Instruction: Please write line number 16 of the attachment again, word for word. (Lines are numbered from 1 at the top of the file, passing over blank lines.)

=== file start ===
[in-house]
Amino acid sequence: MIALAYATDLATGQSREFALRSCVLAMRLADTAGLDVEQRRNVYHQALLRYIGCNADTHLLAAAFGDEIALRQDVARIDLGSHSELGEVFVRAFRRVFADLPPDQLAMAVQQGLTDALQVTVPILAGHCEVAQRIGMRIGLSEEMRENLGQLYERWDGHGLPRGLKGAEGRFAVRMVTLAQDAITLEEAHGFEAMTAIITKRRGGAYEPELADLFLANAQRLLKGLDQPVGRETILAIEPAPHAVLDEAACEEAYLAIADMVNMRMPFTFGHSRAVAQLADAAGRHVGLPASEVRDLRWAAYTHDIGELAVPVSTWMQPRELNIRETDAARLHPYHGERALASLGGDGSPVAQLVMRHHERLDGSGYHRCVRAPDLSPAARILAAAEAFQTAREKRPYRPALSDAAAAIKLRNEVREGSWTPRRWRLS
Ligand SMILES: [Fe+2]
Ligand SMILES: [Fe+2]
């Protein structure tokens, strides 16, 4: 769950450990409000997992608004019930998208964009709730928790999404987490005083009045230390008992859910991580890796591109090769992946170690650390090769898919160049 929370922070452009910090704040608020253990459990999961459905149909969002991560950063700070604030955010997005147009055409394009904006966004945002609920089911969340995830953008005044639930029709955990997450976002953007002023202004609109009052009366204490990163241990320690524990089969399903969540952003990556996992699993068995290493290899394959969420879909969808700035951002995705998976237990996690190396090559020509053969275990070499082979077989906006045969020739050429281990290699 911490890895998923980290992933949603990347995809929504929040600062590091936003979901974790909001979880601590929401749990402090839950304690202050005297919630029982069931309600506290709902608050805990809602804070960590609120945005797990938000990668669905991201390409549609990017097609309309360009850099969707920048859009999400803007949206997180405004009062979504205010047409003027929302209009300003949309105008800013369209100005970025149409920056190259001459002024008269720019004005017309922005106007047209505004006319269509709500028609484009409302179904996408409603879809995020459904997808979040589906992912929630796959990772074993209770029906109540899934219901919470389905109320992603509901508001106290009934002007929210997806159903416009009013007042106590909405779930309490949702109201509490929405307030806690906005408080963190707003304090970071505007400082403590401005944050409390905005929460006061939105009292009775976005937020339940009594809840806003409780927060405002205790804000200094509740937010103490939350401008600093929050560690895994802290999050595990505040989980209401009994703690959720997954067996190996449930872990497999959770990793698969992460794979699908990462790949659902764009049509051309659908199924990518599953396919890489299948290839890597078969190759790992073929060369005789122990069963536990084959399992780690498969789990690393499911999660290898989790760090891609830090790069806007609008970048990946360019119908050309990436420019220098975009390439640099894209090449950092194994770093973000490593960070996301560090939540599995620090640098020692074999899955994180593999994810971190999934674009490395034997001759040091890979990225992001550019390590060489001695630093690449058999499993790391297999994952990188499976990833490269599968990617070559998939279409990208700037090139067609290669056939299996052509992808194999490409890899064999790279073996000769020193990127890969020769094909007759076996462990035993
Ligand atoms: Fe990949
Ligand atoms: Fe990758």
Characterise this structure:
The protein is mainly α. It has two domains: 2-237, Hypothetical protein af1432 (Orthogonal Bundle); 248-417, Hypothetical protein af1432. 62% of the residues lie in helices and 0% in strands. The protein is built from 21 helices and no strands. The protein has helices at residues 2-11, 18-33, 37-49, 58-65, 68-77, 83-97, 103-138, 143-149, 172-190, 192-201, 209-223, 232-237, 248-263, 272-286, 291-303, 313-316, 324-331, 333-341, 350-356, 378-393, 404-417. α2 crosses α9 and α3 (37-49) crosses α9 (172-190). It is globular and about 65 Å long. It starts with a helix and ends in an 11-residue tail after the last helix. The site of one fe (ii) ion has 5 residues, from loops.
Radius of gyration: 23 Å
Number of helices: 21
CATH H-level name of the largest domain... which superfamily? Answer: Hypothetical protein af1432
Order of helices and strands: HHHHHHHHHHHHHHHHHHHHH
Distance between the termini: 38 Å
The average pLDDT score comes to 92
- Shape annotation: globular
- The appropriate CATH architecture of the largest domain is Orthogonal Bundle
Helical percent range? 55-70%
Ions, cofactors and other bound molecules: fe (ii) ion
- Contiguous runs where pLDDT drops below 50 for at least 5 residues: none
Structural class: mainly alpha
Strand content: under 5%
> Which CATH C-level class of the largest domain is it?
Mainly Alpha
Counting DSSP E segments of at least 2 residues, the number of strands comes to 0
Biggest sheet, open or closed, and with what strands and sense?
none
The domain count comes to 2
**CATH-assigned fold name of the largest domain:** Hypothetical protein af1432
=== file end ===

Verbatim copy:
- Shape annotation: globular